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Lesson 4. Working with Real Instruments > Creating a Real Instrument Track

Creating a Real Instrument Track

By default, your new Recording Test project opens with an empty Grand Piano Software Instrument track.

When you set up a Real Instrument track, you also need to set which channel or channels you wish to record to, whether you’re recording mono or stereo, and whether you want to monitor (hear) the sound through your speakers or headphones.

For this exercise, you will create a guitar track with no effects recorded on Channel 1, in mono, and with the monitor on. First, you need to delete the unnecessary Grand Piano track.

Choose Track > Delete Track, or press Cmd-Delete to delete the Grand Piano track. Then press Cmd-K to close the onscreen keyboard, if it is open.

You now have a project with no tracks at all.

Click the Add Track button (+) located in the bottom-left corner of the GarageBand window to add a new basic track.

A new empty track appears, along with the New Track window.

Real Instrument should be selected by default as the track type. If it isn’t, click it.

Click Guitars as the instrument and No Effects as the type of guitar.

Click the Icon button to open the icon menu.

Select an electric guitar as the track icon.

Stereo vs. Mono Recording

How do you know when to record mono and when to record stereo? Well, it depends on the instrument and the recording. A single instrument with only one output jack is a mono output. An instrument like a keyboard with multiple outputs (left and right) gives you a choice of stereo (both left and right outputs) or mono (only the left output).

If you’re recording a number of musicians at the same time through a mixing board or console, the signal from each musician may be routed into the mixing board as a mono input. Then the signals are mixed in the board and sent out of the mixer into the computer as a stereo signal.

You can also record a single guitar as a stereo input by changing the track settings to stereo. It just depends on what type of signal you’re working with and what you’re trying to accomplish. You will explore the different options throughout this lesson.

Each track in GarageBand has two channels for audio recording and playback, Channel 1 and Channel 2. If you record a track in stereo, you use both channels. If you record mono, you record only Channel 1 or Channel 2. You can set which channel you record to in the New Track window’s Input pop-up menu.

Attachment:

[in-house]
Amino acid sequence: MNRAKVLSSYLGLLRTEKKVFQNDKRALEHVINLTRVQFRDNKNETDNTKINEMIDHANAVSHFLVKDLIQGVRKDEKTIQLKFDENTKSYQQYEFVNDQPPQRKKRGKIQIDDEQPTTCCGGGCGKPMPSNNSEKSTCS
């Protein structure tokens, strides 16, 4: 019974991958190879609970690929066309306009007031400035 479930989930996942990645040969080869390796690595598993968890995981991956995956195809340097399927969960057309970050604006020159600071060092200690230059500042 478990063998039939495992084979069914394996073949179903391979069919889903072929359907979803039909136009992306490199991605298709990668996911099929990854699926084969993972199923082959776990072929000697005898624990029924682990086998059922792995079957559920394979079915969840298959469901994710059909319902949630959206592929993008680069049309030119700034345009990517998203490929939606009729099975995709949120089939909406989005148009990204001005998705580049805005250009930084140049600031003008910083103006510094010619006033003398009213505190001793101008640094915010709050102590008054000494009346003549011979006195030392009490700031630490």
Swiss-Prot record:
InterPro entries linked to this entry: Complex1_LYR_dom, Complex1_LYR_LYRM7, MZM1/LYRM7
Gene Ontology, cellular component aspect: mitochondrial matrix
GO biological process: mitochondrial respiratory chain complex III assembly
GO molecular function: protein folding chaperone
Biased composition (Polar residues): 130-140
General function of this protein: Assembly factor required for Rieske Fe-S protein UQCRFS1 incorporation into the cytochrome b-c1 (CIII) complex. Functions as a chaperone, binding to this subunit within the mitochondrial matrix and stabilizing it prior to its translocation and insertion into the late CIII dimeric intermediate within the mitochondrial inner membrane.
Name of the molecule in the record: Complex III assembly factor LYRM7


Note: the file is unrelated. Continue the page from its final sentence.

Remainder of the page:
In this exercise, you’re working with a single electric guitar with a mono output, so the input into the computer will be mono as well.

Click the Input pop-up menu and select Channel 1 (Mono) as the Format to record only one channel of audio.

Do not click the Create button yet. Continue on with the next section.

Monitoring Your Input

Monitoring is a musical term for being able to hear yourself play. Musicians monitor their performance in the recording studio and on stage. If you’ve ever performed live, you know it’s nearly impossible to play if you can’t hear the sound coming from your own instrument. That would be like painting a picture blindfolded.

Just as you would in a recording studio, you will probably want to monitor your performance when you record a Real Instrument track in GarageBand. If the Monitor setting is off, you won’t hear the sound of your instrument or any sound going through the microphone to the computer.

You should always turn Monitor off when you’re not recording. Leaving a microphone input on can cause feedback, which is painful to the ears. Avoiding feedback is the reason that Monitor is set to off by default.


Don’t wear headphones when connecting, disconnecting, or moving an instrument or microphone. There is always the possibility of hearing loud pops when you plug and unplug, as well as feedback that can be a real pain in the ear! Also, if you’re using more than one microphone, don’t put them too close together or they are likely to cause feedback.

When do you turn Monitor on? When you’re practicing or recording a specific track. Once the instrument part is recorded into the Timeline, you will hear it on playback, just as you would any other region in the Timeline.

Click the Monitor pop-up and change it to the On setting.


If you are using a microphone to record and speakers to monitor your sound, you are likely to get feedback when you turn monitoring on. To avoid this feedback, listen to your sound through headphones, or turn Monitor off.

Click Create to finish creating the new track.

Your new track, currently called No Effects, appears in the Timeline. Notice the guitar icon in the track header.

Plan Before Recording

There are a few obvious yet essential things to consider before you start recording. First, make sure that the instruments or microphones you plan to use are connected properly and working. Second, be sure you have enough hard-drive space for your recordings. Audio recordings use a fraction of the space of video, but they can accumulate over time, especially if you record many takes. The last thing you want to do is stop your recording session because you’re out of drive space.

Stereo audio recorded at CD quality uses around 10 MB of disk space per minute. So 10 recorded stereo tracks, for a song that is 3 minutes long, would fill up around 300 MB.

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